Let’s take a look at the future work trends. The COVID-19 pandemic has caused changes in various areas of daily life. It has made e-commerce flourish, and thus consumers have become accustomed to the speed and convenience of online shopping, and even started to use it more readily than before. Now, people appreciate health and the possibility to connect with loved ones more than they did in the past. The aforementioned changes have had a great impact on the labor market. Read on.
5 future work trends after Covid-19 – table of contents:
Before the pandemic, few people had the opportunity to work remotely – just 7% of employees globally. Now it is simply standard in several companies. Most Gen Zers (the youngest employees) feel that remote work is very important to them. The possibility to work from home has become a benefit that can’t be taken away.
It has become an expectation to which employers must respond if they want to attract new or retain current employees. The pandemic has clearly shown that the efficiency of working from home is similar to working in the office, thus making flexibility in the workplace simply affordable.
Business profiles on LinkedIn are increasingly flooded with lengthy #workation posts praising companies that allow remote work over an extended period (e.g., weekly or even monthly). While it cannot be denied that working remotely abroad comes with technical issues (e.g., insurance, accidents, etc.), it certainly provides the freedom that some people want – especially if they need nothing more than a laptop and Internet access to perform their duties, which is not a problem in most parts of the world.
Working during the day and relaxing and exploring new places in Spain, Italy or France after work– this is what more and more employees are striving for, and they will certainly appreciate companies that provide such freedom. It should be noted that such a trend may also lead to pathologies such as the reluctance to take a real vacation or rest at home.
Showing up sick to work, which often ended in positive test results for coronavirus and the need to examine more people, send them to isolation, and exclude them from work, has made us approach the subject of our health with more concern – and employers must take this aspect into account as well.
Sick leave is the employee’s right, not the employer’s courtesy, although this type of pathology occurs in many workplaces. When such situations took place in the pandemic, the consequences for companies were often severe (shutting down half the office, halting production). Nowadays, we care more about our health and know that we are more effective when we recover.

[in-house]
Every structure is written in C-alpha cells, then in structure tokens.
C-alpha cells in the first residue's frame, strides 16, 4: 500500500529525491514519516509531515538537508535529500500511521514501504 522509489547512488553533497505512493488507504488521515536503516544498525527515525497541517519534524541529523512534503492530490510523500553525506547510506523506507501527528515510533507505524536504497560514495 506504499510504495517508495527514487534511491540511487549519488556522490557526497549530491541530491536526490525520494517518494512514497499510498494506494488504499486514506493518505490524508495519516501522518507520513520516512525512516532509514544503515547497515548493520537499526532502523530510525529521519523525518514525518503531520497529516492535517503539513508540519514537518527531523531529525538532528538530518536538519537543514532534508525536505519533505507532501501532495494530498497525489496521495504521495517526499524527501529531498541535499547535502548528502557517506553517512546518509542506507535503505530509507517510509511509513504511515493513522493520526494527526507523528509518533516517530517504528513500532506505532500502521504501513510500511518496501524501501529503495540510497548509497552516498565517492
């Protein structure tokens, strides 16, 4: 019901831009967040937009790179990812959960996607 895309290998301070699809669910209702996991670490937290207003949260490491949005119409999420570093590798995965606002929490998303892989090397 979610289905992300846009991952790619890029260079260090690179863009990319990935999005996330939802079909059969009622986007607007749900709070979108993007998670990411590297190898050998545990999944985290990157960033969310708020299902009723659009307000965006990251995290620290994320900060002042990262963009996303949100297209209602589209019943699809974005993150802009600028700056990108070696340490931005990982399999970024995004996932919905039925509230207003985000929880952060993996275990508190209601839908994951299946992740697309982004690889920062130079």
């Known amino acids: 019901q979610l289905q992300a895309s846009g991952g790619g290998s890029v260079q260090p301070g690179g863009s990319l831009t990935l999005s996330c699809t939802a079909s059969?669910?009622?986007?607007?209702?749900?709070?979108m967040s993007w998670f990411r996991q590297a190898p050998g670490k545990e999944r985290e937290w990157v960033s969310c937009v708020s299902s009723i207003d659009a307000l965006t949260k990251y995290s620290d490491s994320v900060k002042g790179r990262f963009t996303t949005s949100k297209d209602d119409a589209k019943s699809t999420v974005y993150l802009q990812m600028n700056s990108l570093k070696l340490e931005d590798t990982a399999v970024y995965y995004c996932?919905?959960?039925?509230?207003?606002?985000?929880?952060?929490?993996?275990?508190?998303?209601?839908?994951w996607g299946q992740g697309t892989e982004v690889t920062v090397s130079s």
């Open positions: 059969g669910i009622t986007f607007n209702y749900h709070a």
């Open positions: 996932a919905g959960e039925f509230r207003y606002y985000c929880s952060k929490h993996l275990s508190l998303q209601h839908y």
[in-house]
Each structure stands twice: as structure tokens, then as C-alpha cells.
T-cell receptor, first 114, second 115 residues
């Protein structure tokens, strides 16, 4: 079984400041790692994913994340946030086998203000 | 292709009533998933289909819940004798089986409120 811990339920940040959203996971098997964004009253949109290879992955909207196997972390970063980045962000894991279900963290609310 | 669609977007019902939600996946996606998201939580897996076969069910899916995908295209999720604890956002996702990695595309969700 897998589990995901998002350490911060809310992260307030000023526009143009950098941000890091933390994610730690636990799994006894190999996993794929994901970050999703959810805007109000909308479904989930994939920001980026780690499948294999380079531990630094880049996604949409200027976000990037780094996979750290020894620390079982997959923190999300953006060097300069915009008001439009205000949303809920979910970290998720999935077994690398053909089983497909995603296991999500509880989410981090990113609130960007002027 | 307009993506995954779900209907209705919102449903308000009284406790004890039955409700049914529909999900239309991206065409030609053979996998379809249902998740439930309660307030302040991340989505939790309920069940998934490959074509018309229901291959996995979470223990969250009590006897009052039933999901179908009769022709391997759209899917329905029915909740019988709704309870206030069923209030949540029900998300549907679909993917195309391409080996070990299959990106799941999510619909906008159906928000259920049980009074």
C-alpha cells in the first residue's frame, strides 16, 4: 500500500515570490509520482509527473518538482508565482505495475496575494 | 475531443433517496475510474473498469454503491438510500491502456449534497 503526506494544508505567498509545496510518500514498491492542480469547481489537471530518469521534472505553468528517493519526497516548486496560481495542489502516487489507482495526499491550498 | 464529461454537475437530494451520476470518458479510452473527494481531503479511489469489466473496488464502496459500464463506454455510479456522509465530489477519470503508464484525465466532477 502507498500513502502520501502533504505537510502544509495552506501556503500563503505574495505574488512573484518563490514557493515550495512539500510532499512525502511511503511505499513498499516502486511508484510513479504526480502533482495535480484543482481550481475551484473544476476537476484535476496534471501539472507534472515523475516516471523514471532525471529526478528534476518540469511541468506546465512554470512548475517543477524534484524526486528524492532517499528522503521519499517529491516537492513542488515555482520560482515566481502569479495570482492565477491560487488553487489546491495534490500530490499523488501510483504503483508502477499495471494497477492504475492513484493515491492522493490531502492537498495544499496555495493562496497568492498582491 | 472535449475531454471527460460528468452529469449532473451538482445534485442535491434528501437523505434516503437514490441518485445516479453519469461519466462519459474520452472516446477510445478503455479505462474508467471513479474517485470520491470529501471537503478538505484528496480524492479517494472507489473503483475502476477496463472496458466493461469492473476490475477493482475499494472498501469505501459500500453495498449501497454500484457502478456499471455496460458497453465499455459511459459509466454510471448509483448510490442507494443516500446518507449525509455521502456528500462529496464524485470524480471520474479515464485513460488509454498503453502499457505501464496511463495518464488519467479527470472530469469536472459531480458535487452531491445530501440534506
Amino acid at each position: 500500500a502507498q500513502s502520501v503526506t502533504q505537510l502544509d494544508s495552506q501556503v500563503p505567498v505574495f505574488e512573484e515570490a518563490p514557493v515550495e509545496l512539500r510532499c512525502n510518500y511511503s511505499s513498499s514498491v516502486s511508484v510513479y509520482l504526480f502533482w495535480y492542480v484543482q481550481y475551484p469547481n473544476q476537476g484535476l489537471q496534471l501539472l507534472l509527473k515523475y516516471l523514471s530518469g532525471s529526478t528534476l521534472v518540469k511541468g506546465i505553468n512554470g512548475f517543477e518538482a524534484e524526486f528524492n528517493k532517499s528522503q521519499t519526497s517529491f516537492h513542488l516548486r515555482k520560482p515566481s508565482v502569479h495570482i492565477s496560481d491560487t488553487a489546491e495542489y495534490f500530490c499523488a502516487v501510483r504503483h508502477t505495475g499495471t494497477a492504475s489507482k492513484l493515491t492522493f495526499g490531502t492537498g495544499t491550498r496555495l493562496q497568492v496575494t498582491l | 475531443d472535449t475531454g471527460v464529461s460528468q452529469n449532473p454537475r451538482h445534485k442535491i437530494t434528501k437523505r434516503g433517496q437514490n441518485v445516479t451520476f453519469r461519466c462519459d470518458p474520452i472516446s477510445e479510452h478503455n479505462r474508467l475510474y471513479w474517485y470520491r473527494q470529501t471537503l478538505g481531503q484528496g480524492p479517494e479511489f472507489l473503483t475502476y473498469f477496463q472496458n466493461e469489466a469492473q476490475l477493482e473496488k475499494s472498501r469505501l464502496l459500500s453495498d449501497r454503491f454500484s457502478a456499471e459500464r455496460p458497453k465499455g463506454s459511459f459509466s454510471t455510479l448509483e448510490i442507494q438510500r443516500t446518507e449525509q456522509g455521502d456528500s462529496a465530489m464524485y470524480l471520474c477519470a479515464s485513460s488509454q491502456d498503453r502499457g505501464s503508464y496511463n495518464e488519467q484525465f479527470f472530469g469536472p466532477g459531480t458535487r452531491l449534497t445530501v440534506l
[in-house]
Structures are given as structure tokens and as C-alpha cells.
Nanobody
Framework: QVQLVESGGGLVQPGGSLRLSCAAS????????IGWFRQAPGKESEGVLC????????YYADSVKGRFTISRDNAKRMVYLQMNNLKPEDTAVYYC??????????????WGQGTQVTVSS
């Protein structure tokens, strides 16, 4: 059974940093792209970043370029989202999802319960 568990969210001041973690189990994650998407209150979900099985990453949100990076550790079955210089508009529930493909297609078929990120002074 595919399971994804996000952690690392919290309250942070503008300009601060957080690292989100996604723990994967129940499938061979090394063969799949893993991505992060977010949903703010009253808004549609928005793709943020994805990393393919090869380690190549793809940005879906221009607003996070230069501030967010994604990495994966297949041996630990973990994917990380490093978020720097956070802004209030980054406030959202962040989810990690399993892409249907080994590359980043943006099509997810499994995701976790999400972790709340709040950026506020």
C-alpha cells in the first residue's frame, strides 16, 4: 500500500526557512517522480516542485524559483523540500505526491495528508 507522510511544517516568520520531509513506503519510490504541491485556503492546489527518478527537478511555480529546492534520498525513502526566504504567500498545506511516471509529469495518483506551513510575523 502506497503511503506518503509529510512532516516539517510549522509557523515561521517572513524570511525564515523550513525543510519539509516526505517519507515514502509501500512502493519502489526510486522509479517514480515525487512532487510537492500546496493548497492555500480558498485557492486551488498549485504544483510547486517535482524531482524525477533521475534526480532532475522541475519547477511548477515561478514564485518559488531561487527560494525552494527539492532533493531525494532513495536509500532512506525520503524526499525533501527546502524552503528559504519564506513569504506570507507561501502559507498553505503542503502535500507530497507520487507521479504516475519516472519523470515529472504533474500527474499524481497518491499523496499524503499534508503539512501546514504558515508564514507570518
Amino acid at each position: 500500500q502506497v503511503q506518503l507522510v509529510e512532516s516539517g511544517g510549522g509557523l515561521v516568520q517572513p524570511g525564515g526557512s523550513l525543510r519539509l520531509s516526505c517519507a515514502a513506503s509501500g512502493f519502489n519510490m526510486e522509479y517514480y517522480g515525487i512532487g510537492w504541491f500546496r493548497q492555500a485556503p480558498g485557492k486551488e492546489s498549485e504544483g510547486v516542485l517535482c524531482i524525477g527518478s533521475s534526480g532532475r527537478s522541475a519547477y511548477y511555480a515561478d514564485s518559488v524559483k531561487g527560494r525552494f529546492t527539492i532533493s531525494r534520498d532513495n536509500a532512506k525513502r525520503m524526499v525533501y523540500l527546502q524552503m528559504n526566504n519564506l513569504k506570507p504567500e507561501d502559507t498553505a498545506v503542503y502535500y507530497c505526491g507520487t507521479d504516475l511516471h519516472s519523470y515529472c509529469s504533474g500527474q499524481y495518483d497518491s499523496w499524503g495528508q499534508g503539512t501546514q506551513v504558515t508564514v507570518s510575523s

Generation Z includes people born at the end of the last century and after 2000 (the so-called post millenials, zetas, zoomers), who have entered the job market more recently (after graduation) or are only slowly making their way into it, bringing a whole new standard to the workplace.
They are often defined as the first digital generation, and they are the ones who find it easy to work in today’s world, which has transformed very quickly. Employers who want to attract the young in the post-Covid era must therefore bet on technology – point out what is already used and show that they are open to new solutions.
This trend is inextricably linked to the shift to hybrid or remote work and the employees’ desire to perform work duties and rest at the same place. In practice, it means an openness to employees coming from abroad. The pandemic has shown (and this will no longer be reversed) that such a situation can allow certain goals to be achieved.
For example, working in different time zones has ceased to be a problem. If all time zones are covered, then the company can serve its customers 24/7 without the need for late-night shifts. Thus, employers are gaining more and more opportunities in hiring, while increasing diversity in the workplace.
Work trends – summary
The trends listed above are likely to shape the labor market to the great extent in 2022 – the new post-Covid reality. Business owners and HR specialists need to be aware of the changes in employees’ expectations, attitudes to work or aspirations the pandemic has caused. Only in this way will they be able to respond to the employees’ demands, both during recruitment processes and throughout their whole employment.
You’ve just learned more about future work trends. Read also: What is peer-to-peer feedback?